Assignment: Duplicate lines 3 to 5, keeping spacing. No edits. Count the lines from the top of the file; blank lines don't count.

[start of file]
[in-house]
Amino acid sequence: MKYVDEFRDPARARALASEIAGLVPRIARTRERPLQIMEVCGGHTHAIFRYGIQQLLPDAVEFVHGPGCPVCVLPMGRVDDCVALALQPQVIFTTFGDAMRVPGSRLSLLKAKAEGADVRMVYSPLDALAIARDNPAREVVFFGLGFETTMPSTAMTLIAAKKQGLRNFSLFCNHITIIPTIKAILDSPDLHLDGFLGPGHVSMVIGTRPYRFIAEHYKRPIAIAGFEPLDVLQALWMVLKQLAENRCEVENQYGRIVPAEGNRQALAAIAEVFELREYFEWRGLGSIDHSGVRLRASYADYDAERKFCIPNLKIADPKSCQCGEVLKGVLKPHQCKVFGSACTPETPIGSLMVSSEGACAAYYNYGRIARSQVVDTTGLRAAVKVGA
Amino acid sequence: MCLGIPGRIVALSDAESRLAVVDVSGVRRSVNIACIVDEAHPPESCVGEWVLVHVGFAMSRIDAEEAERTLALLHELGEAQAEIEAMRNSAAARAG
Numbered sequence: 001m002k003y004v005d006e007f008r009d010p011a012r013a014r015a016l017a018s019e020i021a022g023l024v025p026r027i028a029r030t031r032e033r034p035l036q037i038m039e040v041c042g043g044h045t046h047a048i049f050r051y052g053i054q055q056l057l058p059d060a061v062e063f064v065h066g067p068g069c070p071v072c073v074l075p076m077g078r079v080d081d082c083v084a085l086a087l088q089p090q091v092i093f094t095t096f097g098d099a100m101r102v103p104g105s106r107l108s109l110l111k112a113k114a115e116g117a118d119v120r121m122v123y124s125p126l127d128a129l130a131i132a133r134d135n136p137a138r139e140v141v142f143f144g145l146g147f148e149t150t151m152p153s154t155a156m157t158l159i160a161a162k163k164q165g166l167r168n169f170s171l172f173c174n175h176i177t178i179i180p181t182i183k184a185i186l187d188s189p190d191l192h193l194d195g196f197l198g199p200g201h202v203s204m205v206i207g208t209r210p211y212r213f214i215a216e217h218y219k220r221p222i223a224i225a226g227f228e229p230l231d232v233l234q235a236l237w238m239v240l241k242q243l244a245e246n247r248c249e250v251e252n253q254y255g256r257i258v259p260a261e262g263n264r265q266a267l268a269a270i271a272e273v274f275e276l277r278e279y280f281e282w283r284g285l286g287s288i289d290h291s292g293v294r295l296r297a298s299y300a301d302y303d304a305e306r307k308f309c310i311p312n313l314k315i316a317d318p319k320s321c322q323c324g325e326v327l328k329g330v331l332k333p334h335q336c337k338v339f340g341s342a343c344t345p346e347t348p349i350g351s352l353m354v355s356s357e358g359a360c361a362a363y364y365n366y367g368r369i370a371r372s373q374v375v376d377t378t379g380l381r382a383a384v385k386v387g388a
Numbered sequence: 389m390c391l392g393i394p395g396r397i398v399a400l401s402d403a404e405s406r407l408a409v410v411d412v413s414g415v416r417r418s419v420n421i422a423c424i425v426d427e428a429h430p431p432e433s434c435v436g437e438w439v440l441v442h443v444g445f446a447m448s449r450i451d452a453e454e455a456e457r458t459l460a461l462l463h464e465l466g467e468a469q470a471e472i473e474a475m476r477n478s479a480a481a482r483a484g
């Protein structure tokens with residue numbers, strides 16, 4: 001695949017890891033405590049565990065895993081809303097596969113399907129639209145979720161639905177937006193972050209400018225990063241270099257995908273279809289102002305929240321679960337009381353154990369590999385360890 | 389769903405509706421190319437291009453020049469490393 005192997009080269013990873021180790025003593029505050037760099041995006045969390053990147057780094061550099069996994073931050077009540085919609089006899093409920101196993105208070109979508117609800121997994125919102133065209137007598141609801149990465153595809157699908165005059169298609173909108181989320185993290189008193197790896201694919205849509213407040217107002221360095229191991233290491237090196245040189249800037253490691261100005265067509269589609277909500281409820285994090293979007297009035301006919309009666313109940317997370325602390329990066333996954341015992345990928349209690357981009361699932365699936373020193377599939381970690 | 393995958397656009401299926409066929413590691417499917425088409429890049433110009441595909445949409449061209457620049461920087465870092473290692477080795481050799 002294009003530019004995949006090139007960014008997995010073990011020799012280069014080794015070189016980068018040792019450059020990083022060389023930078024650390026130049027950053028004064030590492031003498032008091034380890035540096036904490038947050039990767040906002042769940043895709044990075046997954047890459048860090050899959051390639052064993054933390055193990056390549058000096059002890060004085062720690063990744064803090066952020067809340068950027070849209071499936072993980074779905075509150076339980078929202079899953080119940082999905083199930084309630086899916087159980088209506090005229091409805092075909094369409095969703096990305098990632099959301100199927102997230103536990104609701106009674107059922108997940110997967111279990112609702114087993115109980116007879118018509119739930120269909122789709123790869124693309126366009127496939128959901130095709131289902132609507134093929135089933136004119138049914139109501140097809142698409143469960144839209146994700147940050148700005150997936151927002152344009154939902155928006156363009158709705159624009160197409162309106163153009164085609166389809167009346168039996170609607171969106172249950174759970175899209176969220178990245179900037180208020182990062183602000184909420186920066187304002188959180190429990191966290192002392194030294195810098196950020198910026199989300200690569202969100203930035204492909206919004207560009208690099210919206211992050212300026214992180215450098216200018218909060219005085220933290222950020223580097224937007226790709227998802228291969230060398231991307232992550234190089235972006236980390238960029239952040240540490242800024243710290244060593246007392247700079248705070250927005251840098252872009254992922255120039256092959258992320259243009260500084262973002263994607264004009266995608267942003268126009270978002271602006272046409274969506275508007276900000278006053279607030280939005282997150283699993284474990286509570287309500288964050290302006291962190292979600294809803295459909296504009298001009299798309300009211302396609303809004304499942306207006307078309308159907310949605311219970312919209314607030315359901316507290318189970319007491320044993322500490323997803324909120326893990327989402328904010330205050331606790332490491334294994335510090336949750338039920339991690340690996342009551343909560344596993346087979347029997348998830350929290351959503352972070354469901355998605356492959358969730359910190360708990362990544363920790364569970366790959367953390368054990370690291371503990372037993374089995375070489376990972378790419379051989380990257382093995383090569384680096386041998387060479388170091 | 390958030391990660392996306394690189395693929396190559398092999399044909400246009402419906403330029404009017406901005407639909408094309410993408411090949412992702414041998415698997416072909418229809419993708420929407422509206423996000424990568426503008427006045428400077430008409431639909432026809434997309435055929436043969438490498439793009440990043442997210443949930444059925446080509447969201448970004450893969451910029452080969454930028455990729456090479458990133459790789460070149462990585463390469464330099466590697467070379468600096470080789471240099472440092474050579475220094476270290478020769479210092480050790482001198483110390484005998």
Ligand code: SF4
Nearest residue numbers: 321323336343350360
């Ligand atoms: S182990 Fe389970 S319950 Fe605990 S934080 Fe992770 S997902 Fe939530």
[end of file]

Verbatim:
Amino acid sequence: MCLGIPGRIVALSDAESRLAVVDVSGVRRSVNIACIVDEAHPPESCVGEWVLVHVGFAMSRIDAEEAERTLALLHELGEAQAEIEAMRNSAAARAG
Numbered sequence: 001m002k003y004v005d006e007f008r009d010p011a012r013a014r015a016l017a018s019e020i021a022g023l024v025p026r027i028a029r030t031r032e033r034p035l036q037i038m039e040v041c042g043g044h045t046h047a048i049f050r051y052g053i054q055q056l057l058p059d060a061v062e063f064v065h066g067p068g069c070p071v072c073v074l075p076m077g078r079v080d081d082c083v084a085l086a087l088q089p090q091v092i093f094t095t096f097g098d099a100m101r102v103p104g105s106r107l108s109l110l111k112a113k114a115e116g117a118d119v120r121m122v123y124s125p126l127d128a129l130a131i132a133r134d135n136p137a138r139e140v141v142f143f144g145l146g147f148e149t150t151m152p153s154t155a156m157t158l159i160a161a162k163k164q165g166l167r168n169f170s171l172f173c174n175h176i177t178i179i180p181t182i183k184a185i186l187d188s189p190d191l192h193l194d195g196f197l198g199p200g201h202v203s204m205v206i207g208t209r210p211y212r213f214i215a216e217h218y219k220r221p222i223a224i225a226g227f228e229p230l231d232v233l234q235a236l237w238m239v240l241k242q243l244a245e246n247r248c249e250v251e252n253q254y255g256r257i258v259p260a261e262g263n264r265q266a267l268a269a270i271a272e273v274f275e276l277r278e279y280f281e282w283r284g285l286g287s288i289d290h291s292g293v294r295l296r297a298s299y300a301d302y303d304a305e306r307k308f309c310i311p312n313l314k315i316a317d318p319k320s321c322q323c324g325e326v327l328k329g330v331l332k333p334h335q336c337k338v339f340g341s342a343c344t345p346e347t348p349i350g351s352l353m354v355s356s357e358g359a360c361a362a363y364y365n366y367g368r369i370a371r372s373q374v375v376d377t378t379g380l381r382a383a384v385k386v387g388a
Numbered sequence: 389m390c391l392g393i394p395g396r397i398v399a400l401s402d403a404e405s406r407l408a409v410v411d412v413s414g415v416r417r418s419v420n421i422a423c424i425v426d427e428a429h430p431p432e433s434c435v436g437e438w439v440l441v442h443v444g445f446a447m448s449r450i451d452a453e454e455a456e457r458t459l460a461l462l463h464e465l466g467e468a469q470a471e472i473e474a475m476r477n478s479a480a481a482r483a484g